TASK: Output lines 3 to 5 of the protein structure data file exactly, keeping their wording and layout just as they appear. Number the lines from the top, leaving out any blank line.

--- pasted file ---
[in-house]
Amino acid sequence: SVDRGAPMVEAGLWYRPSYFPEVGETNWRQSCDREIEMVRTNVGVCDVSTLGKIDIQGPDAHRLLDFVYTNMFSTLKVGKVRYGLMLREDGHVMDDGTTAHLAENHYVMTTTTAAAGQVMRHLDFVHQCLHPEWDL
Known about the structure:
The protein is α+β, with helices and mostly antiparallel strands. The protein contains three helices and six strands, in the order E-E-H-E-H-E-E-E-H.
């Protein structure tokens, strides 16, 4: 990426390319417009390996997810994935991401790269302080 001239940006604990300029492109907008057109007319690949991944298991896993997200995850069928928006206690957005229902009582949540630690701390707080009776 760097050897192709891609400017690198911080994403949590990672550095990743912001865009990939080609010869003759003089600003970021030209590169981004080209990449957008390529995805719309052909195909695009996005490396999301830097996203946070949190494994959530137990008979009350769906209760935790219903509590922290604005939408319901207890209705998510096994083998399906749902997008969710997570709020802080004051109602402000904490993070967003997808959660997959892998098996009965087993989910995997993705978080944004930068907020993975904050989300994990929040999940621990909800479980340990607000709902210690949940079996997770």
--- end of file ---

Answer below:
Known about the structure:
The protein is α+β, with helices and mostly antiparallel strands. The protein contains three helices and six strands, in the order E-E-H-E-H-E-E-E-H.
């Protein structure tokens, strides 16, 4: 990426390319417009390996997810994935991401790269302080 001239940006604990300029492109907008057109007319690949991944298991896993997200995850069928928006206690957005229902009582949540630690701390707080009776 760097050897192709891609400017690198911080994403949590990672550095990743912001865009990939080609010869003759003089600003970021030209590169981004080209990449957008390529995805719309052909195909695009996005490396999301830097996203946070949190494994959530137990008979009350769906209760935790219903509590922290604005939408319901207890209705998510096994083998399906749902997008969710997570709020802080004051109602402000904490993070967003997808959660997959892998098996009965087993989910995997993705978080944004930068907020993975904050989300994990929040999940621990909800479980340990607000709902210690949940079996997770």